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Larry Johnson describes his first encounter with Michael Jordan "Who does that?"

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The '90s were a golden era of NBA basketball because we had so many great players and teams we don't even talk about. Of course, we all know about Jordan, Barkley, Hakeem, Malone, and other superstars. But what about the great players that got left behind the center of attention even though they were unbelievable talents? One of those guys is most definitely Larry Johnson.

Larry Johnson, known for his unique nickname "Grandmama," was one of the most explosive and dominant power forwards of the '90s. Even though he was just 6'6'', Larry used his strength and agility to punish the basket and be known as one of the most terrifying players of that era. During his 10-year career, Johnson represented the Hornets and the Knicks, winning the ROY award and notching 2x All-Star appearances. His best season came in 1995, in his last season with the Hornets, averaging 20.5 ppg, 8.4 rpg, and 4.4 apg. If you want a comparison with a modern-day player, it is scary how much Larry resembles Zion, both in the way they play and look on the court.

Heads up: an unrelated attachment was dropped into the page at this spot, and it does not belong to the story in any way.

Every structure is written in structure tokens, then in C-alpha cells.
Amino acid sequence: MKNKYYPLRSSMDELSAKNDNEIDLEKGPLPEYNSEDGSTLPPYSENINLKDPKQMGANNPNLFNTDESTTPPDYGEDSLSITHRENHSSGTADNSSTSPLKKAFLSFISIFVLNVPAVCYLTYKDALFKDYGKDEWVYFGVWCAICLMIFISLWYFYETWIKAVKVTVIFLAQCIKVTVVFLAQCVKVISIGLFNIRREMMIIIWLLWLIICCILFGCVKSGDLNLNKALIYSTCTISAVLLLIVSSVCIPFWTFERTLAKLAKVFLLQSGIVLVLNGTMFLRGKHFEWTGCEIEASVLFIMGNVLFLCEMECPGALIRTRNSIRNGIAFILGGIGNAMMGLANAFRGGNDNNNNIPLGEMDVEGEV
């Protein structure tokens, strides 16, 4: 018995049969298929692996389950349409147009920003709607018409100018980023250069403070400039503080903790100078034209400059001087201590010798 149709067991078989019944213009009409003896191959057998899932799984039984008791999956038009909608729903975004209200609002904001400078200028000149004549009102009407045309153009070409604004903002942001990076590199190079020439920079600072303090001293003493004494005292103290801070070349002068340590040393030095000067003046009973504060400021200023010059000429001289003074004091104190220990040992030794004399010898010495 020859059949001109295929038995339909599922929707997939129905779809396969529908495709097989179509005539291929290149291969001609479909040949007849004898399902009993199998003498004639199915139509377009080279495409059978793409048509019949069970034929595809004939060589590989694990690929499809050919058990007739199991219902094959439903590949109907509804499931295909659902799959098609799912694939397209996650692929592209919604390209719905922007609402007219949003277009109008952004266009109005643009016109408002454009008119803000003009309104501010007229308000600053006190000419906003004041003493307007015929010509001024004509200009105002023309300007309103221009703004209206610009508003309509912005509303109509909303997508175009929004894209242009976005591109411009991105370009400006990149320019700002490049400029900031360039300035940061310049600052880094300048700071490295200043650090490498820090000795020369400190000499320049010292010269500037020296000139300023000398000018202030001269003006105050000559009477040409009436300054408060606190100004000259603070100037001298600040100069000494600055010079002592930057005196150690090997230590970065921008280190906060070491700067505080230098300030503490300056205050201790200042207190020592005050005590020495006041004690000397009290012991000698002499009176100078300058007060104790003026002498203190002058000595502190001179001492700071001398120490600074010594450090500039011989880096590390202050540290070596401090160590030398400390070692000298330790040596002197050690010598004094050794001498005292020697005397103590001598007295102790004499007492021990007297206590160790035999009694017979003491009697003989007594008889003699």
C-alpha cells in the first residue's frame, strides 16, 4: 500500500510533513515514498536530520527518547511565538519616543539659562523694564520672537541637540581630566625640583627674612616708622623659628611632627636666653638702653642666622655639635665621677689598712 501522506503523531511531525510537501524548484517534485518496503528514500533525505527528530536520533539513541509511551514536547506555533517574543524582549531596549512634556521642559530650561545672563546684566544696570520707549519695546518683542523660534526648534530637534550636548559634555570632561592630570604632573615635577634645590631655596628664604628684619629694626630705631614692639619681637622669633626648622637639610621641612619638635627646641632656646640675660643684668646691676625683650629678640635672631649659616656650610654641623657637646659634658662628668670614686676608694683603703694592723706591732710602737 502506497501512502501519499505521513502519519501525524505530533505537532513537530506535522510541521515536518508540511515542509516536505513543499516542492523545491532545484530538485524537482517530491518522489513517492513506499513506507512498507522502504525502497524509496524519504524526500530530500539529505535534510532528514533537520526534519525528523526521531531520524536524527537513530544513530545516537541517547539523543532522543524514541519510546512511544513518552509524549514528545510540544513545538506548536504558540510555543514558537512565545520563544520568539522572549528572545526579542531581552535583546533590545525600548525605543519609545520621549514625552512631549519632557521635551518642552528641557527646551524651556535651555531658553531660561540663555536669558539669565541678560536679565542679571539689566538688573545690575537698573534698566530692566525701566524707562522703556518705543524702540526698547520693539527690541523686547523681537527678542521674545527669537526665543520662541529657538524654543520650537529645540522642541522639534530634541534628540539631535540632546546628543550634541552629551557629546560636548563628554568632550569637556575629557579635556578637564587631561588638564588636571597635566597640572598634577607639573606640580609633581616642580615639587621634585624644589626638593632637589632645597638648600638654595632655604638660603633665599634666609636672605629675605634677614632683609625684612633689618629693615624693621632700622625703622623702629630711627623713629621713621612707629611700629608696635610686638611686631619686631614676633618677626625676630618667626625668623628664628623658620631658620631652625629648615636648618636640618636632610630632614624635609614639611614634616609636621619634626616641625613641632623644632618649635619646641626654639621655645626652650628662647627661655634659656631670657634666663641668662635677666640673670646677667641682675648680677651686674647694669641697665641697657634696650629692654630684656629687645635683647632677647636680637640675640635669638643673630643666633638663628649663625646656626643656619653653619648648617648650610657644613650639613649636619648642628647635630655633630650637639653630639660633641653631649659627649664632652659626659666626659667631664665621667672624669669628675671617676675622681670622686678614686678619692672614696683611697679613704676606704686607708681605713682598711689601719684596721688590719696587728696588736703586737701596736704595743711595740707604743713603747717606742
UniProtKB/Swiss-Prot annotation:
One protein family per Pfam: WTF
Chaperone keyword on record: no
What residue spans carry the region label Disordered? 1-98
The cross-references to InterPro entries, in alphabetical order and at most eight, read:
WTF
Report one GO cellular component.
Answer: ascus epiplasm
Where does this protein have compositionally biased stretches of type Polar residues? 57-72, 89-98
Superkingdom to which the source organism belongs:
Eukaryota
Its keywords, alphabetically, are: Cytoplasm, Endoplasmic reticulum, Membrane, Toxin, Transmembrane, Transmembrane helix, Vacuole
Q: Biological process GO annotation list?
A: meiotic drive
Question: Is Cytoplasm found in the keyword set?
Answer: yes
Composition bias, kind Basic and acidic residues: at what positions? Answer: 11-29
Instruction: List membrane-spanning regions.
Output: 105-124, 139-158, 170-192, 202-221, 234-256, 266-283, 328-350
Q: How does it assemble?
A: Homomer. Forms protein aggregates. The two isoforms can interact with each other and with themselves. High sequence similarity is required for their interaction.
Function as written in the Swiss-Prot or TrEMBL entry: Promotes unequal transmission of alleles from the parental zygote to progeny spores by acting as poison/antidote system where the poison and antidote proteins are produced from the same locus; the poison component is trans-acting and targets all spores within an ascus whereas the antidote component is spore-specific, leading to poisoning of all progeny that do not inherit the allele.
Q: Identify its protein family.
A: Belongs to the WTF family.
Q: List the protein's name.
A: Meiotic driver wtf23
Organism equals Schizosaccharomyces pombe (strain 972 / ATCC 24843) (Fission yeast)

But as Larry played in the '90s, he never managed to go all the way with his teams, even though he played with some pretty good groups. So considering he was in his prime while Michael Jordan was winning all of his six championships, it was only natural Larry encountered MJ numerous times in the Eastern Conference. Larry told the story of the first time he met Michael Jordan while talking with Quentin Richardson and Darius Miles on the Knucklehead podcast, and of course, just like every MJ story, Larry didn't disappoint.

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"He did some bulls--t. The first time I met him, it was on the court. And he walk straight up to me and go: 'How's Dorothy?'...That's my mom. Oh, s--t she alright. I couldn't play the whole game. You got me, you got me. He walk up to me and ask me how my mom was. Who does that?... I think I scored 8 points, and I was averaging 24."

Larry Johnson, The Knuckleheads Podcast

You know it's serious when moms are involved, but MJ went in another direction. Michael was known as one of the kings of trash-talking and mind games. Sometimes he would be more vocal and direct, but in instances like this, Jordan went simple but effective, throwing Larry off his game because he was thinking about how Michael asked about his mom. Just another classic example of why Jordan is the GOAT on the basketball court and in the art of getting into your opponent's head. 

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